Caught between the twisted stars
the plotted lines the faulty map
that brought Columbus to New York
So begins “Romeo Had Juliette,” a song from Lou Reed’s 1989 album New York. As Jim Carroll later noted in the documentary Lou Reed: Rock and Roll Heart, Columbus, of course, didn’t land anywhere near New York. But why let historical fact get in the way of one of the best opening lines of a rock album, ever?
Yet there can also be little doubt of his talent or originality; it has been said of his first band, the Velvet Underground, that few people bought their records but that those who did formed bands of their own. A short list of those bands — Roxy Music, Big Star, the Patti Smith Group, Duran Duran, R.E.M., the Pixies, and Nirvana — gives some indication of the enduring impact Reed and his equally visionary bandmate John Cale exerted on successive generations of pop songwriters. The Velvet Underground’s style can be roughly broken down as follows: primitive rhythms, spare, haunting guitar motifs, and unpredictable bursts of noise, all embroidered with Reed’s carefully structured lyrics. He was not the first songwriter in the pop milieu to address tough subjects — Bob Dylan had already been navigating those waters for a few years before Reed’s arrival — but he was arguably the most disciplined. To these ears, the concision of Reed’s Velvet Underground songs makes Dylan’s “Like a Rolling Stone” sound like a sustained burst of Tourette’s by comparison.
From the very beginning, the Brooklyn-born, Syracuse-educated Reed went against the grain. He remained stridently anti-hippie even as the Summer of Love engulfed the rest of the youth culture, his short-cropped hair, black shirt, black jeans, and black boots serving as a rejoinder to the sartorial excesses of flower-power chic. His dark and occasionally brutal lyrics mocked the very notion that the copious ingestion of psychedelics commingled with “free love” could lead to any sort of utopia. To Reed, drugs equaled drugs and sex equaled sex, nothing more. He enjoyed both to excess, but had no illusions that any of it amounted to anything more than kicks. In many ways he was a proto-punk, calling BS on anything he perceived to be inauthentic.
There is much to admire in the Velvet Underground’s four released albums. The darkness noted above was often leavened with hard-won beauty, and the band knew just when to inject fun into the mix; Loaded, the Velvets’ final effort, is a gloriously unpretentious, good-time rock-’n’-roll record — one of the group’s best. Reed’s subsequent solo career, by contrast, proved less consistent, though rarely boring. He hit his high-water mark as a popular artist with the 1972 hit “Walk on the Wild Side,” a fairly thorough encapsulation of his favorite subjects — street life, transsexuality, prostitution, hard drugs — within the confines of a beguilingly catchy three-and-a-half minute pop song. His lazy, whispered vocal evokes a Paul Simon gone to seed.
Reed exhibited a tenacious and sometimes unintentionally comic dedication to his muse throughout his career, which led to some pretty strange projects. Take, for instance, the 1975 double LP Metal Machine Music, which consisted of four album sides of excruciating guitar feedback, the final of which ended in a “locked groove” causing the last 1.8 seconds of the “song” to play over and over again. Rolling Stone critic Billy Altman described this opus as “nothing more than ear-wrecking electronic sludge, guaranteed to clear any room of humans in record time.” In a similarly perverse move, Reed’s final musical outing was a jarring collaboration with the heavy-metal band Metallica. Titled “Lulu,” this concept record, based on the work of German playwright Frank Wedekind, went unloved by virtually everyone on the planet save the editorial staff of the British avant-garde music magazine The Wire. The fact that the noisy, atonal Lulu had been preceded by the soothing Hudson River Wind Meditations, a collection of ambient instrumental pieces intended as an adjunct to tai-chi practice, must have further contributed to the disorientation of Reed’s dwindling audience. Ultimately, the verdict is still out as to whether these gestures were the epitome of artistic purity or the height of hubris. But surely Ayn Rand, if no one else, would have approved of Reed’s complete disregard for stylistic consistency or editorial oversight.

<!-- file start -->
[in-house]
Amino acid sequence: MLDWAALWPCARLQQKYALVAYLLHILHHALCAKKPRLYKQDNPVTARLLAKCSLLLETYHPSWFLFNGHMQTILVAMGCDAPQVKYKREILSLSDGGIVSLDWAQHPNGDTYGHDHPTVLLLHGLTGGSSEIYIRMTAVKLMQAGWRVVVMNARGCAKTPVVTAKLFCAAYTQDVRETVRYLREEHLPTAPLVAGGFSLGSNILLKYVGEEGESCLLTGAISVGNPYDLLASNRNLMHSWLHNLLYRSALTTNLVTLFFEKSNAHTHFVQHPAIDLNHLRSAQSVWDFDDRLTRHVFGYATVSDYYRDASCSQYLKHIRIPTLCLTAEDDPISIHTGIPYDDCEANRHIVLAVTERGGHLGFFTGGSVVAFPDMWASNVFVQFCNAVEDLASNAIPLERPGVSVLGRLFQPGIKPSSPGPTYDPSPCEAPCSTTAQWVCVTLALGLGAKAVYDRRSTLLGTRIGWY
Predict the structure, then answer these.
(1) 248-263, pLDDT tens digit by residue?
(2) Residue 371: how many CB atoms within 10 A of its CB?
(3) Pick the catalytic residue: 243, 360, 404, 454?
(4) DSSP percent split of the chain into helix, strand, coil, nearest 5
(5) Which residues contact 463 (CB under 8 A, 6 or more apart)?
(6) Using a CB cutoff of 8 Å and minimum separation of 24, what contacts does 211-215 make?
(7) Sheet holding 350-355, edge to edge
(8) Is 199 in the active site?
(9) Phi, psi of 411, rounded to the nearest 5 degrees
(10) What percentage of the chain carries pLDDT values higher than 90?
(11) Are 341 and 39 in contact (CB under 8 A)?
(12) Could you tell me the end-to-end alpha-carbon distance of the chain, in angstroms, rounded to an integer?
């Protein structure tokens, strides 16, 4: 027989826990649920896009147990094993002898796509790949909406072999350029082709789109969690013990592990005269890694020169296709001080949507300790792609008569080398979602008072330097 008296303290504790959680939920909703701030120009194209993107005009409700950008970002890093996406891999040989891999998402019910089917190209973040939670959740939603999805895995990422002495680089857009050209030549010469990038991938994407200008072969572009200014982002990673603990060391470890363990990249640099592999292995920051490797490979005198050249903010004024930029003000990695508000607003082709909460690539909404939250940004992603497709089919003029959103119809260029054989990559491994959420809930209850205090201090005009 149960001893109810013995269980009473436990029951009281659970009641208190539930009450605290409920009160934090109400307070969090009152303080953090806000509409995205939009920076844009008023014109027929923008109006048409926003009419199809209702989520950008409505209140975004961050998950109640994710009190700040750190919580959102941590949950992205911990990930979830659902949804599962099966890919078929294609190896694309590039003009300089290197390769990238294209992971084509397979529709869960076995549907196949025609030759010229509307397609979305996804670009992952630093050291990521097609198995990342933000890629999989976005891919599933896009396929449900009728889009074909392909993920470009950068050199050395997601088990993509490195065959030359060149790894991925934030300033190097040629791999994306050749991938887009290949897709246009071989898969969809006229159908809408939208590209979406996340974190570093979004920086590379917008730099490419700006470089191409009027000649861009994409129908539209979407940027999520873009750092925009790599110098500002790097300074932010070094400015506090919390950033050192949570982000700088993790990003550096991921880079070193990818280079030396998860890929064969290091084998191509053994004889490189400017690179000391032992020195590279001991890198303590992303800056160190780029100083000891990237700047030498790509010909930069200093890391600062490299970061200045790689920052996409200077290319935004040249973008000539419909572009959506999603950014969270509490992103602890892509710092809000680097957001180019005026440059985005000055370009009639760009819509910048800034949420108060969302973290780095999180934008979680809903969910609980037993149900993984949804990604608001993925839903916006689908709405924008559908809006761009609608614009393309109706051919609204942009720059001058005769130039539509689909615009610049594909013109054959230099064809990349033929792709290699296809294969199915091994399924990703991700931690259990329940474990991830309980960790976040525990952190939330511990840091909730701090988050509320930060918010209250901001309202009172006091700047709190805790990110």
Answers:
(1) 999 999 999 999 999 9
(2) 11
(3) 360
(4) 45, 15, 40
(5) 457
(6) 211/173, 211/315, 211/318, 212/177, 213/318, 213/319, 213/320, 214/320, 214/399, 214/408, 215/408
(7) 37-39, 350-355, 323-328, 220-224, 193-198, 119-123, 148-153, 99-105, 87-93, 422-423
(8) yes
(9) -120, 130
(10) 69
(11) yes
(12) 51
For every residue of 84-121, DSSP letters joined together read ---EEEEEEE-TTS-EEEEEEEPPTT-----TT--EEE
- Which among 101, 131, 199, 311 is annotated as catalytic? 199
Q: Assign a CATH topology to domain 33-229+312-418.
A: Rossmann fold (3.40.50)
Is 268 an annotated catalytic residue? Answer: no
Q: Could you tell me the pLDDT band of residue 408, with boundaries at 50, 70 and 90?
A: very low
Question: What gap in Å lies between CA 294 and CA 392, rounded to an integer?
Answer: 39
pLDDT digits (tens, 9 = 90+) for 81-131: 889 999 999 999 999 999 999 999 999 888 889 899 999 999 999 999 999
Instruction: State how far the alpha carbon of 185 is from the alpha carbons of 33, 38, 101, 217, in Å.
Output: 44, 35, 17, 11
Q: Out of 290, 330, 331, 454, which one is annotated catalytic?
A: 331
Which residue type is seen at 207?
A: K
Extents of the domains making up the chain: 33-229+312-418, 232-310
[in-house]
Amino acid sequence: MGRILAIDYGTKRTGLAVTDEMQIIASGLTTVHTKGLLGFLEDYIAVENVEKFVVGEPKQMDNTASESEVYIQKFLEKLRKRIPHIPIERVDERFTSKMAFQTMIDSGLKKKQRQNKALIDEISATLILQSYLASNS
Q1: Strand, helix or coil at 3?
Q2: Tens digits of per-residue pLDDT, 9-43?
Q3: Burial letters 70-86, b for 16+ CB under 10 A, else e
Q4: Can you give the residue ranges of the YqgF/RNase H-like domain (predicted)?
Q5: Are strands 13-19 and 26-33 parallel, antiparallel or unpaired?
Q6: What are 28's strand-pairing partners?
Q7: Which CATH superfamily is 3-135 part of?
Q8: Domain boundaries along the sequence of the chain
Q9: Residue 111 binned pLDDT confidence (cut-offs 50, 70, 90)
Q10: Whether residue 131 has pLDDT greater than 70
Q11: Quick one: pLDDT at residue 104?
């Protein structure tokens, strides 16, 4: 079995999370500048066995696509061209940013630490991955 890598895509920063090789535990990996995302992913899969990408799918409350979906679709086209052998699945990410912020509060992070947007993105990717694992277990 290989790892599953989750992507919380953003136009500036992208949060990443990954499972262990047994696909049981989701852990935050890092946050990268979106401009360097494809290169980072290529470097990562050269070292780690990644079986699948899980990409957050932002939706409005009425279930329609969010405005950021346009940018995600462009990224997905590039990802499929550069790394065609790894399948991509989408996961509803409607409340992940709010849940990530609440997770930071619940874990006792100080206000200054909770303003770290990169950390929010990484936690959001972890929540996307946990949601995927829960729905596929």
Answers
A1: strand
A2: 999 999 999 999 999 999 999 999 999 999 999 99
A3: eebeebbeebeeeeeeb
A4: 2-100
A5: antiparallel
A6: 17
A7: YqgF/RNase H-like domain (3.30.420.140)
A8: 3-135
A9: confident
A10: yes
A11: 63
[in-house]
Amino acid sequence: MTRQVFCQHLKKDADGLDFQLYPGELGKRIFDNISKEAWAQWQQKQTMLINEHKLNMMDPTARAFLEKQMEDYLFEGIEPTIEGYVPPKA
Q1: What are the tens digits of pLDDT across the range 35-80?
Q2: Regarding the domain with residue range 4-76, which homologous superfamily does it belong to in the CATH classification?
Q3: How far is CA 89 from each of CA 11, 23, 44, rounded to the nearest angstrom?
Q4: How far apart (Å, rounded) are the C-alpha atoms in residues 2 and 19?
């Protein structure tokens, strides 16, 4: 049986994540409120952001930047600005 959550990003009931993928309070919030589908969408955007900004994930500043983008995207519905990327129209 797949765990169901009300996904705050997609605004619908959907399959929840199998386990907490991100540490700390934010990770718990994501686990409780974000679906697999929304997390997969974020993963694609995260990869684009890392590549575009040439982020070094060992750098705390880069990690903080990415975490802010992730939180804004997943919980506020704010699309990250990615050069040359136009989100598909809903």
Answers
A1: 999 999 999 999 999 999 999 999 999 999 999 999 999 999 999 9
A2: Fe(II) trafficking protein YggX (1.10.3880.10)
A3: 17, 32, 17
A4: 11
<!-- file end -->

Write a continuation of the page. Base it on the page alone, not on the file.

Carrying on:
There have been many sublime moments to offset the train wrecks, to be sure: the David Bowie–produced Transformer album, for one (which spawned “Walk on the Wild Side”), the aforementioned New York, and 1992’s Magic and Loss: Reed’s surprisingly moving album-length meditation on the death of two friends from cancer. Surely I’m not the first person to remark that Magic and Loss provides some small comfort in navigating the void left by its creator’s passing. For this is a loss. Whatever one may think of his difficult subjects or often-abrasive vocal delivery, Lou Reed was an American original. He approached his work with passion and intent, and he never tried to be anyone other than himself. He was a serious artist, but a funny man; he relished sending up his dour persona in a succession of film cameos in which he played himself — the most notable of these being his appearance in the 1995 comedy Blue in the Face. Finally, and of no small importance, he looked like he had been born holding an electric guitar. He has no successors.
— Robert Dean Lurie is the author of No Certainty Attached: Steve Kilbey and The Church.